Review: Superior by Angela Saini

Science journalist Angela Saini’s third book Superior: the Return of Race Science is a very timely survey of the history and contemporary impact of the attempts to use science to prop up racism and beliefs about race.

From Carl Linnaeus to the sinister Pioneer Fund, Saini maps the shifts both in actual understanding and the layers of post-hoc rationalisations for prejudices. She does this with minimal (but appropriate) editorialising and instead lets the views of a very wide range of interviewees inform the reader about how views have shifted or, in some cases, stubbornly refused to shift.

Much of it covered topics and personalities I was already familiar with and if you have read books like Stephen J Gould’s The Mismeasure of Man, then you’ll be familiar with a lot of the background. However, Saini takes a broader survey and branches out into topics like the misguided but often well intentioned use of race in prescription medicines. I found that the sections that covered areas I was already very familiar with where both interesting and provided good insights, although I obviously got more value out of the sections on topics I was less aware of.

Saini also charts recent events such as the rise of the alt-right, the renewed ideological racism in populist governments (in particular Trump’s America but also Modi’s Hindu nationalism) and demonstrates how the 18th century obsession with race is connected to modern concerns and pseudoscience.

The people-centred approach of the book gives it a very human quality. Saini has a knack at humanising many of the protagonists without excusing or apologising either for their mistakes or (in many cases) their bigotry. Rather, by focusing on the individuals her approach highlights their motives and in the cases of many of the scientists involved how they managed to fool themselves into thinking they had transcended their own prejudices and somehow found objective truths instead of discovering convoluted ways of having their own biased assumptions echoing back to them.

I listened to the audio-book version which is narrated by Saini herself. I really highly recommend this book both in terms of the insights she gives on the topic but also as an example of excellent modern science writing.

Sci-fi, Libertarians, Heinlein and other stuff

I got bored with my previous habit of checking on the clumsy articles at Quillette — the online magazine for people who want to be reassured that reactionary ideas are really quite nice if you stand on your head and squint at them for long enough. However, a recent article crossed into multiple aspects of my interests that I really thought I should write about it. Entitled “The Libertarian History of Science Fiction” (https://quillette.com/2020/06/12/the-libertarian-history-of-science-fiction/) it is not a particularly great examination of the topic but not so blisteringly awful as to be funny. In responding to it I appear to have gone off in many directions and have used many words and long run on sentences. So more after the fold…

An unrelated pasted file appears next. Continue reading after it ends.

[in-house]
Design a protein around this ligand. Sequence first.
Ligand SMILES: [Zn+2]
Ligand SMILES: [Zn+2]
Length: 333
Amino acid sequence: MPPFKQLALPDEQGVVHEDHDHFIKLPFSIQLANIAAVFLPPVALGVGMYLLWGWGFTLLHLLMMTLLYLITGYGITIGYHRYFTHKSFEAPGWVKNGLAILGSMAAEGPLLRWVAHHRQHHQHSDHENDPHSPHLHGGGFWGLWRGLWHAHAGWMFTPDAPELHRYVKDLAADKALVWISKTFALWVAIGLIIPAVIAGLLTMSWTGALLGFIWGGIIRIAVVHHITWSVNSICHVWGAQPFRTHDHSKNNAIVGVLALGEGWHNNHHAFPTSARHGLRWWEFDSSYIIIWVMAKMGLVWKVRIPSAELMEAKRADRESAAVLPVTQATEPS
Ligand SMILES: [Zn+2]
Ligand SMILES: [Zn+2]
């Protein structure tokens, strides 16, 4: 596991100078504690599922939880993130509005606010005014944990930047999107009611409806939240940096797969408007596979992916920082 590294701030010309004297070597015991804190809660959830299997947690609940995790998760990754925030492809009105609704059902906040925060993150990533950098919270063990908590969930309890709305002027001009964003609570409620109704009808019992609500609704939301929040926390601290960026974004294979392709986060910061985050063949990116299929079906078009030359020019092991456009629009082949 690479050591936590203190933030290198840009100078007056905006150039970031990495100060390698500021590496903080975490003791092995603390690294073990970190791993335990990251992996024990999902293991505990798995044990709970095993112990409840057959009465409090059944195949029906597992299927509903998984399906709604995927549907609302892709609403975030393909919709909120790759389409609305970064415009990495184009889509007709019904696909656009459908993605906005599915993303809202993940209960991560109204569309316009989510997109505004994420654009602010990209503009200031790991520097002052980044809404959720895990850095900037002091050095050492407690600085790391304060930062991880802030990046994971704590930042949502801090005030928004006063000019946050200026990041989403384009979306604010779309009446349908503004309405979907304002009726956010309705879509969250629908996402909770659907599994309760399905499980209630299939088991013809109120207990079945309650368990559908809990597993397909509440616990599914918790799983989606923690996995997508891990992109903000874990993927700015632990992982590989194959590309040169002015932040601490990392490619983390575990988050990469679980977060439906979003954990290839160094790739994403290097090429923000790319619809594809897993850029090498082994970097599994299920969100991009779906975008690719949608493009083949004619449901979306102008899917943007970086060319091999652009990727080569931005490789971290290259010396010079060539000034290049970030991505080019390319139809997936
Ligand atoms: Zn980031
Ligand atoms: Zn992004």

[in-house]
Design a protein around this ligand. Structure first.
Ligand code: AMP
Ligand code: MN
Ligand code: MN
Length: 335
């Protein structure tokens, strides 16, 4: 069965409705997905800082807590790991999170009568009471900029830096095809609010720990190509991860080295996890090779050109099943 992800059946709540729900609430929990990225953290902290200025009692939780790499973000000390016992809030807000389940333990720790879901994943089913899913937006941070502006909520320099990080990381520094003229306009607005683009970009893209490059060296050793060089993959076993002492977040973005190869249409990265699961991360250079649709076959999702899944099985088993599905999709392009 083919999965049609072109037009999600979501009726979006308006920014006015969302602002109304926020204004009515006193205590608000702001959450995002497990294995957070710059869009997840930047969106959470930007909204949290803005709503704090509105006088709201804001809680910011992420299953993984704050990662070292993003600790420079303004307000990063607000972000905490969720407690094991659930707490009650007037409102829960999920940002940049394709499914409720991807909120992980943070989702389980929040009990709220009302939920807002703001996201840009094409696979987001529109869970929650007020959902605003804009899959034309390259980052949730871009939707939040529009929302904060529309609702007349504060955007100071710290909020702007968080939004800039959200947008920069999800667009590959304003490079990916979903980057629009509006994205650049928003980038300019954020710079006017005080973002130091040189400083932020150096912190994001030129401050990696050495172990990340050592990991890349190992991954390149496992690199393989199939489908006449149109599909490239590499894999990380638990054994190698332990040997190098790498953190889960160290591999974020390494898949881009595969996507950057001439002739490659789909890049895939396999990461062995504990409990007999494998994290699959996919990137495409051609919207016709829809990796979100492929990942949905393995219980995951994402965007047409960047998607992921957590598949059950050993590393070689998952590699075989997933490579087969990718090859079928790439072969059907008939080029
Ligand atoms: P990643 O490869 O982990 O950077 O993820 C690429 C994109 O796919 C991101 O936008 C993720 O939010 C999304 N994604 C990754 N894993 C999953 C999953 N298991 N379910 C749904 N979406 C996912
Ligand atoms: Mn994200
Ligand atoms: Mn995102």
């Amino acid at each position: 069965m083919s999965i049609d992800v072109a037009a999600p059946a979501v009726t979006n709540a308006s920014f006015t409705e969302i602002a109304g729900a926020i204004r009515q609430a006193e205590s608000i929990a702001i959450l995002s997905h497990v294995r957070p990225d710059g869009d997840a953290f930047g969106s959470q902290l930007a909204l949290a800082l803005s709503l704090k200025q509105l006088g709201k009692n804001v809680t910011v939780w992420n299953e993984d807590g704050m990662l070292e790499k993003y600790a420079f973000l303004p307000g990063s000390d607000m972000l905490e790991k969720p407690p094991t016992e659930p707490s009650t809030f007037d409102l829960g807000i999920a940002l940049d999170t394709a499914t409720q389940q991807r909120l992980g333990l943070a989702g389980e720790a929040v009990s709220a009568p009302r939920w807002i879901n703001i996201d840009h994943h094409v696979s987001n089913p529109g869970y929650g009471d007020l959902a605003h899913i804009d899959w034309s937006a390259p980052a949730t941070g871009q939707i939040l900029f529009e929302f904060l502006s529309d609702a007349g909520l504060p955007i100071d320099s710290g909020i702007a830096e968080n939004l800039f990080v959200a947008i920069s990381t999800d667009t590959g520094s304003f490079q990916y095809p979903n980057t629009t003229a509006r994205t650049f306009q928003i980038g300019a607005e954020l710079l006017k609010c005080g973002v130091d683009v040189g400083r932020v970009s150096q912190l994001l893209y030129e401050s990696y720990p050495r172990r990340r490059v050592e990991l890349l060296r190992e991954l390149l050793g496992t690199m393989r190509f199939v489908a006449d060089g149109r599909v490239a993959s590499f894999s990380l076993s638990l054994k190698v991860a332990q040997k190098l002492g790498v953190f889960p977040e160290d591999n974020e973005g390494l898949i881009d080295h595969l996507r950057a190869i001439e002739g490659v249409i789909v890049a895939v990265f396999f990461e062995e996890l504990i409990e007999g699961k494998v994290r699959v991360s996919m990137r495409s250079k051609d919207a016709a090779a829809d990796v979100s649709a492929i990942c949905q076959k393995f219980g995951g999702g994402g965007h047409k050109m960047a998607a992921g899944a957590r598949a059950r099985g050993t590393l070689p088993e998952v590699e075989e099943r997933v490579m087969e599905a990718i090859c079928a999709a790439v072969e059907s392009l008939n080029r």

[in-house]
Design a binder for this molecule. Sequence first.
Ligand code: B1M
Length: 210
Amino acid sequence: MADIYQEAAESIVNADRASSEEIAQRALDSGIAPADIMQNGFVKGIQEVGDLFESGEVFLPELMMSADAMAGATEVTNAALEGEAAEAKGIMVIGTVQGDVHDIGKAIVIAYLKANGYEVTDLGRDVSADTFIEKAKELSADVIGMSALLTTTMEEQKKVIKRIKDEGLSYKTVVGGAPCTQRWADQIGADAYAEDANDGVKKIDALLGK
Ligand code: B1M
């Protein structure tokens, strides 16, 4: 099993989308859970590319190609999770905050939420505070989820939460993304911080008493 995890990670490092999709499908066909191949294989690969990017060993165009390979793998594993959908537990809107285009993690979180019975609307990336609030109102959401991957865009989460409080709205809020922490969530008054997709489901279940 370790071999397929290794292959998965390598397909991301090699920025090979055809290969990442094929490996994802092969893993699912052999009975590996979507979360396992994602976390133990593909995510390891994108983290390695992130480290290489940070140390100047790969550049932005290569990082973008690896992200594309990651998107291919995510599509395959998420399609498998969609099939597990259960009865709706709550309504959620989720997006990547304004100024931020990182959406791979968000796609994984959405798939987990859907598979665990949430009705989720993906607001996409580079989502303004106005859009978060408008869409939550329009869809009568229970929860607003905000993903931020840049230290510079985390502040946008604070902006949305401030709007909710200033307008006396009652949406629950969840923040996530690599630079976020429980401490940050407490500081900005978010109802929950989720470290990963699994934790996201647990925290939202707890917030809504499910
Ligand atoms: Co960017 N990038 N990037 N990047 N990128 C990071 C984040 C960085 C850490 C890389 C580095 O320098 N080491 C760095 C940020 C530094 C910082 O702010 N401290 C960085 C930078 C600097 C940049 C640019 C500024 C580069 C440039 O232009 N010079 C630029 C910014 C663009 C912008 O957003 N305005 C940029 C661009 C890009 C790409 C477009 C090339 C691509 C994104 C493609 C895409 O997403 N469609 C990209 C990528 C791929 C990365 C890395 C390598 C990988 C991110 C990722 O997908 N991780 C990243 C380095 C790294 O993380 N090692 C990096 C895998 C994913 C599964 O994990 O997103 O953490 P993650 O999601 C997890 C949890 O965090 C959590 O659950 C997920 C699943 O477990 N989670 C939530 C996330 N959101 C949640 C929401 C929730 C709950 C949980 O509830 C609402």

There really are free lunches


I haven’t posted about Mad Genius Club for a long time but I thought I’d share a link to a recent post. The site has become a lot more focused on its core remit of helping indie authors author independently rather than feuding and political outrage. Of course, their whole eco-system for publishing is very much tied to Amazon and for many of the authors there (including the ones who have been trad-published in the past) Amazon and Amazon Kindle Unlimited are central to their publishing model. So it’s notable when an author gets frustrated with Amazon.

There is an awful lot wrong with Amazon: their near-monopoly power, Bezos’s obscene amount of wealth, shitty working conditions in its warehouses, tax avoidance, collaboration with state surveillance. Amazon has in many ways changed book publishing for the better, enabling easier access to more books for many but not without its own significant issues.

So what’s the issue that is making one author considering abandoning Amazon? https://madgeniusclub.com/2020/06/11/i-was-warned/

“I’m not sure I can do that any more. Since, oh, about the third day of the George Floyd riots, every time I open the Kindle app on my iPad, I get a row of “anti-racist” books shoved into my face.”

The horror of that experience!

“But this display, which I did not ask for and certainly do not welcome, is hardly a good-faith attempt to show me books I might be interested in. Dear Amazon, I am not going to buy Ta-Nehisi Coates’ lousy book. I would not read it even if it were free. I would not read it even if you automatically loaded it into my library, and Dear God, can something like that be far away? Stop pushing these books at me. The display doesn’t make me think, “Oh, how virtuous and public-minded this vendor is.” Rather the reverse.”